New graduates and entry-level professionals face a critical transition in their lives progressing from university to securing their first official paid job in the real world.
The transition can prove to be an overwhelming one for several reasons. New graduates want their first job upon completing their college or university studies to have particular meaning. This makes logical sense since they have dedicated at least three to four years of solid academic experience or more with a Master’s level education. The academic process involving countless hours of studying and a post-academic rigorous job search process requires focus, patience, and determination. Often, new graduates are looking for their most “perfect job” – that not only aligns with their passion and purpose, but enables them to grow within an innovative organization.
While it is very possible for new graduates to secure a rewarding position in their field, career development and progression does not always follow a linear path.
Consequently, new graduates may face unexpected surprises about the nature of their work due to a lack of experience or limited experience along with misperceptions about the workforce in general. Typical scenarios include, in some cases, a misalignment with the workplace values, the organizational culture, or even limited prospects or opportunities for growth. Their level of expertise may also be considered by employers to be too specialized or too broad. New graduates may discover that they may need to return to school for further education in order to address a skills gap and keep up with innovative and changing technology.
While their first job following post-secondary graduation may prove to be a relatively good fit, the level or standard of expectations of new graduates/entry-level professionals are steadily increasing. The world of work has changed immensely, as well as how we navigate our job search and manage our career progression. Further, the focus on building relationships throughout the years of academia sometimes get placed on the backburner.
Tapping into the hidden job market and conducting thorough research and career planning about targeted roles, companies, and industries, however, serves as the critical piece to executing an effective job search.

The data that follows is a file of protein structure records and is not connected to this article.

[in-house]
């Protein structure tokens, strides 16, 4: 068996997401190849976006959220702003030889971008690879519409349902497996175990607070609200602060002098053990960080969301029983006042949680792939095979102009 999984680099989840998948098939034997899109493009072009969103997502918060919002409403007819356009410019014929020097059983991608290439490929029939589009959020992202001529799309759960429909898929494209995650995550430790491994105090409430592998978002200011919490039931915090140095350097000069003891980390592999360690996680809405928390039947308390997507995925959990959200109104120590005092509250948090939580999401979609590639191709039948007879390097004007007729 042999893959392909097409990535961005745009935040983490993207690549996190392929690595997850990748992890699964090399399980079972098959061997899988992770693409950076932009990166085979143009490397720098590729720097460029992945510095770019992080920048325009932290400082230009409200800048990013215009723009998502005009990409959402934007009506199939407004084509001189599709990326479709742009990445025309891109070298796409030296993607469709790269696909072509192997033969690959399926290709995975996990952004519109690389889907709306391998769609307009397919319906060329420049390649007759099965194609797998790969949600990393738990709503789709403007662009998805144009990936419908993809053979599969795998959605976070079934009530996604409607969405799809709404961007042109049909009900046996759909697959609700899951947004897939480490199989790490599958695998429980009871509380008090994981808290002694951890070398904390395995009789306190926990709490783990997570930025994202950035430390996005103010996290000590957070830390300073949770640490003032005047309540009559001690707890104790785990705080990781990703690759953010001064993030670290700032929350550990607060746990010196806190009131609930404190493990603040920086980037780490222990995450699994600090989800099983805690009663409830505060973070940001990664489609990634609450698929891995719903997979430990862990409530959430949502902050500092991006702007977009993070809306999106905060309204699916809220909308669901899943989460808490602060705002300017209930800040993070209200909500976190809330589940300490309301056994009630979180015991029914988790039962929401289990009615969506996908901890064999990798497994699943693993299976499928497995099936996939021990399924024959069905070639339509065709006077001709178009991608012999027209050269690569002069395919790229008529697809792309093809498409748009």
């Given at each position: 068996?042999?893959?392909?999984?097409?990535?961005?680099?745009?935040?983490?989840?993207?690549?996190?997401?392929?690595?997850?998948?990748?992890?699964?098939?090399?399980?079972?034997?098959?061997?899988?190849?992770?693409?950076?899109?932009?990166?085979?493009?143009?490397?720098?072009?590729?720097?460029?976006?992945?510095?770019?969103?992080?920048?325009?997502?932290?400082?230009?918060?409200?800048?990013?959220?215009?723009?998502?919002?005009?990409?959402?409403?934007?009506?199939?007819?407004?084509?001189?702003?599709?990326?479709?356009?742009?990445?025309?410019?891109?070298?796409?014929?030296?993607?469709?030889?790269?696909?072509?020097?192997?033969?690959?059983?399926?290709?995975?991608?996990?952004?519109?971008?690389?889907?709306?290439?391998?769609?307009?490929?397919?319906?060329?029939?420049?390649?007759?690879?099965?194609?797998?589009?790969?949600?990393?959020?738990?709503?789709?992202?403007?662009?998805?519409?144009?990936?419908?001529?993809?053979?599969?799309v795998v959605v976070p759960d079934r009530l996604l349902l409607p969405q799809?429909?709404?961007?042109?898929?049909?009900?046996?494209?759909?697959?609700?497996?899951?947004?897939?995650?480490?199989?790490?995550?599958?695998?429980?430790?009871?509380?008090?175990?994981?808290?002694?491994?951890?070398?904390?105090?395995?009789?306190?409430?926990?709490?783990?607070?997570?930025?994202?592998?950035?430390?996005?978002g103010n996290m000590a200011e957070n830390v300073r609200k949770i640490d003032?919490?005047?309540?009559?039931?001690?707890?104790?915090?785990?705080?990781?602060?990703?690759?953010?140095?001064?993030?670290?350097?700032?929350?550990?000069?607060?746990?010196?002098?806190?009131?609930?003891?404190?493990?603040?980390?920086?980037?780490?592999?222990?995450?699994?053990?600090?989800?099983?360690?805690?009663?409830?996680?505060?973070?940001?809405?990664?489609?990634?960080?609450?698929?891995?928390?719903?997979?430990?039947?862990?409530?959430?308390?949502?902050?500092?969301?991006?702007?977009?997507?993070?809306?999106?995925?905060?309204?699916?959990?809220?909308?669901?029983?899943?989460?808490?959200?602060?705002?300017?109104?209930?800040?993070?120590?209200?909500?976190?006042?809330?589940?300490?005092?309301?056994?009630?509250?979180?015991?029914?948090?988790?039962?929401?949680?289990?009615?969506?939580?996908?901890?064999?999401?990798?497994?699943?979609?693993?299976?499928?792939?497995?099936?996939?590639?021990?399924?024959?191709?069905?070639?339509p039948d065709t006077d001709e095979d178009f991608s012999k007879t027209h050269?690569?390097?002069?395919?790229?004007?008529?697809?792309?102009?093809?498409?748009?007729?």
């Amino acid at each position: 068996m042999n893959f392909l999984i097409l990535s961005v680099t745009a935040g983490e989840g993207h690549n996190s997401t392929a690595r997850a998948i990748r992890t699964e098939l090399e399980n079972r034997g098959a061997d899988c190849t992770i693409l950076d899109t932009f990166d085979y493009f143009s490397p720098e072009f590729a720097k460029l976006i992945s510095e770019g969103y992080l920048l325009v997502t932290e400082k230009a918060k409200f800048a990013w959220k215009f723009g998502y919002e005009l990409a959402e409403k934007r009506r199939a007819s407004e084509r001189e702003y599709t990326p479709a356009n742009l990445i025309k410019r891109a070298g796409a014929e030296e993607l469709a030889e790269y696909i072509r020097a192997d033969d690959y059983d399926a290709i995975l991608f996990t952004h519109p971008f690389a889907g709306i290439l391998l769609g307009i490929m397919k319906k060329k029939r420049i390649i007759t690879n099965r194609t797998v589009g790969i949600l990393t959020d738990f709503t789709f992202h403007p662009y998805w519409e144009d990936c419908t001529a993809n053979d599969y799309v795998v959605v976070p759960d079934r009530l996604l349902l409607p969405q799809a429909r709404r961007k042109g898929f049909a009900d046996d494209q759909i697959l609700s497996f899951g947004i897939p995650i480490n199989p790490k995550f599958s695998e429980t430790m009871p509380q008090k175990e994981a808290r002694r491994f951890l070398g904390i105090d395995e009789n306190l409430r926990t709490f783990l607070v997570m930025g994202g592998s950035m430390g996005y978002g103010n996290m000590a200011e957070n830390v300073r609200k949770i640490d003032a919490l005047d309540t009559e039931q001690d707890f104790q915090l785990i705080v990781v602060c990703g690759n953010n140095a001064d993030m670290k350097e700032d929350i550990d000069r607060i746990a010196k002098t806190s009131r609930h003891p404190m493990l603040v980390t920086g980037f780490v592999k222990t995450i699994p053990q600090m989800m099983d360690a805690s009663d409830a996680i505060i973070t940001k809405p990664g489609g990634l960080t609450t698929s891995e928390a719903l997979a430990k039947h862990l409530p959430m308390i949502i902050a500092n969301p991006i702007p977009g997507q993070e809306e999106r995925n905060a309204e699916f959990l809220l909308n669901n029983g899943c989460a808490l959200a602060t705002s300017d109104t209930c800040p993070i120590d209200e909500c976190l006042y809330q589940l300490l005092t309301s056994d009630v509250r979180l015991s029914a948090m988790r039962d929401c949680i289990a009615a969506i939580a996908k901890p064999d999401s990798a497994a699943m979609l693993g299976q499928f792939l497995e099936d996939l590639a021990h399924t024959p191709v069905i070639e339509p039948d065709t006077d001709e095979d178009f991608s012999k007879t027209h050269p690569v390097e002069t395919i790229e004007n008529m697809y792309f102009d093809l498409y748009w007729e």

The Use of Bridge Strategies
Employing effective bridge strategies will ensure success and solidify professional relationships.
Entrusting the assistance and support of a mentor within an internship or mentorship program is very helpful for transitioning into the new world of work
Talking with the employer about receiving constructive feedback on work performance and areas of improvement
Offering assistance with extra work projects, both independently and in a team, can increase skill sets and build strong working relationships
Keeping the resume portfolio polished and updated at all times, including their achievements
Striving for continuous professional development by monitoring current industry and field trends by joining related associations and groups
Updating knowledge with education, certifications, and courses to keep your brand and skill sets fresh
Becoming more involved in the community with volunteering initiatives or community leadership can address those gaps in positive growth, learning, and achieve social responsibility while fueling new interests
Continuing to network on LinkedIn can help build relationships with field-related professionals and garner effective leads and resources
So new graduates and entry-level professionals – even if the first job that you land proves to be challenging, the best decision may not be to leave the role immediately before conducting a through assessment.
Rather observe, record, and monitor your progress. Note the patterns of what works and what does not work for you. Keep yourself updated on labour market trends and changes in your field and industry. Take risks. Build vital skill sets. Learn from your mistakes, and welcome new opportunities for growth. Most of all -- believe in yourself and your abilities!
The actions that you take now to improve your marketable skills and gain value-added experience while building supportive networks will likely deliver fruitful results for your career success.
For more information on employing meaningful career strategies, contact Lori Jazvac, Certified Resume Strategist/Career Consultant at 905-730-2374 or email email@example.com.